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As we all know, plants breathe in Carbon Dioxide and expel Oxygen. Aquatic plants also need this gas dissolved in the water to maintain the biological cycle inside the aquariums.
In an aquarium we add carbon dioxide CO2 for two reasons:
A – To promote the growth of natural plants.
Photosynthesis is a natural process that plants perform. It consists of the manufacture of food using light, from water, mineral salts and carbon dioxide CO2. In this complicated process, oxygen is released into the air or water. It occurs during the day because it is imperative for the sun to be made. In our case, while we have the aquarium on.
Without sunlight or when the aquarium lights go out, plants breathe like most living things by absorbing O2 and expelling CO2. Then they compete for dissolved oxygen in the water. This we should keep in mind as we will see later.
Most aquarium plants need a light intensity of between 0.5 and one w / litre. Increasing the illumination will also increase the need for CO2, so it is advisable to provide it. If you have less than 0.5 w / l you should give up almost all of them. As an example, a standard 60 l aquarium and a 15 w T8 will only have 0.25 w / l. Therefore it is absurd that you add CO2 and even only serve to favor the appearance of the feared seaweed.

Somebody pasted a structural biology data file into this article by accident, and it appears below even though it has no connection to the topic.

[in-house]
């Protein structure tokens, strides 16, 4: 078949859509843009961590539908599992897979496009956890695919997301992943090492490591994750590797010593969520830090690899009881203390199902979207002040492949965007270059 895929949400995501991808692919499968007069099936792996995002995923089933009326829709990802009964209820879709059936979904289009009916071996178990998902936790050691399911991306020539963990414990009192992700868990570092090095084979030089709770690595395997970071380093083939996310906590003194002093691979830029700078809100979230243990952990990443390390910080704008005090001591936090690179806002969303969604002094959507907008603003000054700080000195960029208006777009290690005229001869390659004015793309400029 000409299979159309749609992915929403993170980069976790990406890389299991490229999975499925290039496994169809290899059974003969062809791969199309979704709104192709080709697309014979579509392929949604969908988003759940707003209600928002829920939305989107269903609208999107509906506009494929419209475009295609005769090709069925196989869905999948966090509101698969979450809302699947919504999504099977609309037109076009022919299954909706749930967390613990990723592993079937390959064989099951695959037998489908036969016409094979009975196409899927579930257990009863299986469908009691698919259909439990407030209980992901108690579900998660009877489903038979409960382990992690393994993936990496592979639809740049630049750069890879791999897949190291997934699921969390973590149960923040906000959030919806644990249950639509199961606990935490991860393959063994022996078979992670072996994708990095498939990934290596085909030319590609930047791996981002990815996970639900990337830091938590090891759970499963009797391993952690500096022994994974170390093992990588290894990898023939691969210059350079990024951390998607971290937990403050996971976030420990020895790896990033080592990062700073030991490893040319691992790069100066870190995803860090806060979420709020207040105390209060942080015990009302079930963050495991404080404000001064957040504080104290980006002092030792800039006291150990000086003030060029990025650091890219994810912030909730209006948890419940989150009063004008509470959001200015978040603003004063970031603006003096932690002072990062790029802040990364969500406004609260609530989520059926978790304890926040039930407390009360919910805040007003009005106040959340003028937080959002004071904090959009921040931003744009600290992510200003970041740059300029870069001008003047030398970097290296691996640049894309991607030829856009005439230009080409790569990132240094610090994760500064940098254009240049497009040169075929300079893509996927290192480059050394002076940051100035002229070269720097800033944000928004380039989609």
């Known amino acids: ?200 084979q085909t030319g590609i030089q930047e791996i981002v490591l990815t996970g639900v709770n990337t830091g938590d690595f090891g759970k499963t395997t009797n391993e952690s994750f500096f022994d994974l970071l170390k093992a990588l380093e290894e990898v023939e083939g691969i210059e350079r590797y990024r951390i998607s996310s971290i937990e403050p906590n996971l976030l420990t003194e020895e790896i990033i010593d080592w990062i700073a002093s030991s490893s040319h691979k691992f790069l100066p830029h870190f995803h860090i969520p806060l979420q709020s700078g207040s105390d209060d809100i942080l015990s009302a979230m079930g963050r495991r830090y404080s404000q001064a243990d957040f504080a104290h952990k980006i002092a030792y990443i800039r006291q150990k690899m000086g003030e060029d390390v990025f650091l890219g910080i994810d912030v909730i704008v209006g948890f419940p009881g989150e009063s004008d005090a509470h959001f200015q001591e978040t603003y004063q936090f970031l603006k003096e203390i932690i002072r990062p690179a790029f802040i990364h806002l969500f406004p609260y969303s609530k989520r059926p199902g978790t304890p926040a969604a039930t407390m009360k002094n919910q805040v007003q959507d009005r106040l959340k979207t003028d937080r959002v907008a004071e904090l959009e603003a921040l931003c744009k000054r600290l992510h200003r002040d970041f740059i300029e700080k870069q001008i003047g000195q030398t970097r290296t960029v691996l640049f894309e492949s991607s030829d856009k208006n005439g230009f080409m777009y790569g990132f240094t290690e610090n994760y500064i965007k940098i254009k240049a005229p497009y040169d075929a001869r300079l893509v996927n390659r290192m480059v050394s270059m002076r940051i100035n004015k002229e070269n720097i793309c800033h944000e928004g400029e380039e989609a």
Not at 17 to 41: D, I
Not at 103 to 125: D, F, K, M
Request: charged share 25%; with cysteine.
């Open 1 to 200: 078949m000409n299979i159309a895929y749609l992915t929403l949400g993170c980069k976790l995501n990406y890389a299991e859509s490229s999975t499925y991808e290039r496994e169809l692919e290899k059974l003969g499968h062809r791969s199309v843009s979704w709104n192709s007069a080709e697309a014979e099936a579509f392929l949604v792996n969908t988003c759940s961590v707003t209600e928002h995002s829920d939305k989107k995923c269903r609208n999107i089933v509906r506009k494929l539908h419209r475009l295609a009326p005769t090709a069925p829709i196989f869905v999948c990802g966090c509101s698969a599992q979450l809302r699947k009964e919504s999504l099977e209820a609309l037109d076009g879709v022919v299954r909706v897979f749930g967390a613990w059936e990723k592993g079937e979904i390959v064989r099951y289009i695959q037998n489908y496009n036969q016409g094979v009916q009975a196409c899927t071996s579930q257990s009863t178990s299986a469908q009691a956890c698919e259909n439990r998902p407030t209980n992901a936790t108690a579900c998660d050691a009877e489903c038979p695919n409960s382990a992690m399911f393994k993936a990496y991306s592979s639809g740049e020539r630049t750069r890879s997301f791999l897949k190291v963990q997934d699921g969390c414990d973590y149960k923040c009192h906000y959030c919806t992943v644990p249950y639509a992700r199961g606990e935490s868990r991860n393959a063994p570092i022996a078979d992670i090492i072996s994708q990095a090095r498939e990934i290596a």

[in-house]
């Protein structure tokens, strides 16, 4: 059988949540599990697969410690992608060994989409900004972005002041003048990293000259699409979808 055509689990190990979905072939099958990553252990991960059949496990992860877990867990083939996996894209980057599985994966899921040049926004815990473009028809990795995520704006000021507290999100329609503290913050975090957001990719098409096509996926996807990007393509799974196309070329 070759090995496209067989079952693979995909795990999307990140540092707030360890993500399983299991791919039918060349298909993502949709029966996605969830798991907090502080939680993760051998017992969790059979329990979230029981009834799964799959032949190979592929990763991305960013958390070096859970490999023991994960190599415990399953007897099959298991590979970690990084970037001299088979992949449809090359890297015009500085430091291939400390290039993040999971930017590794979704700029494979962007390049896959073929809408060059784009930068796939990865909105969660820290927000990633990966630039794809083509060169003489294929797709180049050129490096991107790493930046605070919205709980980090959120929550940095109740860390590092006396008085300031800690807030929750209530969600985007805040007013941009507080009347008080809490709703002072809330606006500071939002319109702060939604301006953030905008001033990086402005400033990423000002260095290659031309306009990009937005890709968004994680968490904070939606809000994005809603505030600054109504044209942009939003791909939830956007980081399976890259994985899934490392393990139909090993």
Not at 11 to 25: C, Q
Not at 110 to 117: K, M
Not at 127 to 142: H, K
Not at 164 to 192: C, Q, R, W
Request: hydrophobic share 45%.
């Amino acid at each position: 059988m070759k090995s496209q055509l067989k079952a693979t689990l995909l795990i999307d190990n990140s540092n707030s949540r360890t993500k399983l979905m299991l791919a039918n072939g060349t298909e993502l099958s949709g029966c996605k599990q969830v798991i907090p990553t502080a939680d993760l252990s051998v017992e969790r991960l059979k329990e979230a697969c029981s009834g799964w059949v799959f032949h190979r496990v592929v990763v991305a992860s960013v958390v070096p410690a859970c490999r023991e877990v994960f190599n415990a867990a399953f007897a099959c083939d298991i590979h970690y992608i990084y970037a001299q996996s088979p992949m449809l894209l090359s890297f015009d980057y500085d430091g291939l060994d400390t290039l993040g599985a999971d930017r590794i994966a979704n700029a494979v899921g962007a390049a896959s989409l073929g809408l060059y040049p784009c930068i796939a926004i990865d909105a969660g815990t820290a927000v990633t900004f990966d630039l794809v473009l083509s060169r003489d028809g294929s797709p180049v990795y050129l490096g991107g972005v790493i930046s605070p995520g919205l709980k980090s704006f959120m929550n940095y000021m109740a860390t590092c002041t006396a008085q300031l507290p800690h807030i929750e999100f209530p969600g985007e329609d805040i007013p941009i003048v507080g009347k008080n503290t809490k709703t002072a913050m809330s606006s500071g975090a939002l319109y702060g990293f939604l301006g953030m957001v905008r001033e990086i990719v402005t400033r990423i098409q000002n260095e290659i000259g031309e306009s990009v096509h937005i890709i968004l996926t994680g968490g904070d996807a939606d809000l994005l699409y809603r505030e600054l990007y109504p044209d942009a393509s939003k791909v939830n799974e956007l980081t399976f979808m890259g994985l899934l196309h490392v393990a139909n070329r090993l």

A planted aquarium, well lit and with CO2 will delight us with some spectacular plants and will help control algae.
B – To lower Ph.
If we need to reduce a high Ph for our project CO2 is a useful method. When dissolved in water a small part is converted to carbonic acid, enough to lower the pH of the aquarium water between 0.5 and 1.5 points depending on the amount of CO2 we add and Kh. If this is very low the Ph fall can very negatively affect your fish.
Getting CO2 by the “homemade” method is simple and quite cheap unlike the “professional” (metal cylinder, hand reducers, solenoid valve, etc.) much more efficient but very expensive.
Here I show you a tutorial to build a very economical home diffuse.
List of Materials
- Silicon air hose
- Rigid airline tubing
- Gatorade or other flat bottomed fruit drink bottle
- Bread Yeast
- 1/16″ drill bit
- Hot melt glue gun
- Assorted measuring cups and spoons
Unlike many other do it yourself carbon dioxide reactors this one uses a 64 oz fruit juice bottle (the kind Gatorade comes in) instead of a 2-litre pop bottle. A fruit juice bottle has the advantage of a wide, flat bottom making it less likely to fall over and force the contents into the aquarium. Glue from a hot melt glue gun adheres better to a fruit juice bottle cap than the common agricultural policy of a two-litre bottle. The wider mouth makes mixing the solution easier. Finally, the thicker plastic in a fruit juice bottle survives hard impacts better than a two-litre bottle.
Steps to Create Co2 Reactor for Planted Aquarium
1.Take off the Cap